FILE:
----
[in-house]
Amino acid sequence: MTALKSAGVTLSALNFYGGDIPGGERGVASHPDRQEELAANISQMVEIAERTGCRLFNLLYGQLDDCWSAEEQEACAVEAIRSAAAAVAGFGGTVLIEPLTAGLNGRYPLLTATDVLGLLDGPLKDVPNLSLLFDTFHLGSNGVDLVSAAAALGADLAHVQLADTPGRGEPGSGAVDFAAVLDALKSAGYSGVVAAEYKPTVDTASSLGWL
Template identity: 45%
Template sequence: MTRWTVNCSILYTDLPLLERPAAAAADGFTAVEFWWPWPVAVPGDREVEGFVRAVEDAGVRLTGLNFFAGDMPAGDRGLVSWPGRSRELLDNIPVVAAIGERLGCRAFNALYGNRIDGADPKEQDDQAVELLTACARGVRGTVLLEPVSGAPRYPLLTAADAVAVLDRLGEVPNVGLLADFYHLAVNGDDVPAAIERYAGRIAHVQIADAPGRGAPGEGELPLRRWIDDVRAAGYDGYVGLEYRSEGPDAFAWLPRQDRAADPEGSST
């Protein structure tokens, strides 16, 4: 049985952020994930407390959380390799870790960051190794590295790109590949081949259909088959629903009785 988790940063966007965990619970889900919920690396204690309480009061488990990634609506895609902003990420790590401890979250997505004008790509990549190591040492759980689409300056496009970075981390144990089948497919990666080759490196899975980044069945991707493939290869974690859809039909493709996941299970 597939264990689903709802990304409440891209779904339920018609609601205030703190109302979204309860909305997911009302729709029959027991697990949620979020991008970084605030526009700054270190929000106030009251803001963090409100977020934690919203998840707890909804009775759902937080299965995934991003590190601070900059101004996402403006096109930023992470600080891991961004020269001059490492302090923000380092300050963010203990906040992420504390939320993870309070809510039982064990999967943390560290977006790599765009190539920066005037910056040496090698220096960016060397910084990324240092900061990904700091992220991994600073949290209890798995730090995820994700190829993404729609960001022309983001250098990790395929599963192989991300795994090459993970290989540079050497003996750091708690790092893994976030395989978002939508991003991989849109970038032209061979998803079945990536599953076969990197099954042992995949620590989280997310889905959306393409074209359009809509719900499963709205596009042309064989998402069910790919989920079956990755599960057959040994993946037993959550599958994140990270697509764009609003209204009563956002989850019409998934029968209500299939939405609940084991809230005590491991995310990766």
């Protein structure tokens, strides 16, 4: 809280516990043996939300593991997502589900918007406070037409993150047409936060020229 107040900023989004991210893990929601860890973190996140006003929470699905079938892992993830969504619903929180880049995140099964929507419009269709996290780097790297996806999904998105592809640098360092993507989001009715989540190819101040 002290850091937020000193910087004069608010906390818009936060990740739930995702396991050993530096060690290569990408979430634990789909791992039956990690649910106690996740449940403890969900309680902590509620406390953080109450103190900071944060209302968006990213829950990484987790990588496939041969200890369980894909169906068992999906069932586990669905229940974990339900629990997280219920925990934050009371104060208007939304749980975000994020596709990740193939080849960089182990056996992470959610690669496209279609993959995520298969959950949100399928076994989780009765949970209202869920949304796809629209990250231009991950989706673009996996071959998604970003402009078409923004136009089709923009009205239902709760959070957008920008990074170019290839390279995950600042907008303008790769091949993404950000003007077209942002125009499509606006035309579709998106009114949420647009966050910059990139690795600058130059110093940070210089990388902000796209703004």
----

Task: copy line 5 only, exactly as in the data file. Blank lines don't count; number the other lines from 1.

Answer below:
């Protein structure tokens, strides 16, 4: 049985952020994930407390959380390799870790960051190794590295790109590949081949259909088959629903009785 988790940063966007965990619970889900919920690396204690309480009061488990990634609506895609902003990420790590401890979250997505004008790509990549190591040492759980689409300056496009970075981390144990089948497919990666080759490196899975980044069945991707493939290869974690859809039909493709996941299970 597939264990689903709802990304409440891209779904339920018609609601205030703190109302979204309860909305997911009302729709029959027991697990949620979020991008970084605030526009700054270190929000106030009251803001963090409100977020934690919203998840707890909804009775759902937080299965995934991003590190601070900059101004996402403006096109930023992470600080891991961004020269001059490492302090923000380092300050963010203990906040992420504390939320993870309070809510039982064990999967943390560290977006790599765009190539920066005037910056040496090698220096960016060397910084990324240092900061990904700091992220991994600073949290209890798995730090995820994700190829993404729609960001022309983001250098990790395929599963192989991300795994090459993970290989540079050497003996750091708690790092893994976030395989978002939508991003991989849109970038032209061979998803079945990536599953076969990197099954042992995949620590989280997310889905959306393409074209359009809509719900499963709205596009042309064989998402069910790919989920079956990755599960057959040994993946037993959550599958994140990270697509764009609003209204009563956002989850019409998934029968209500299939939405609940084991809230005590491991995310990766």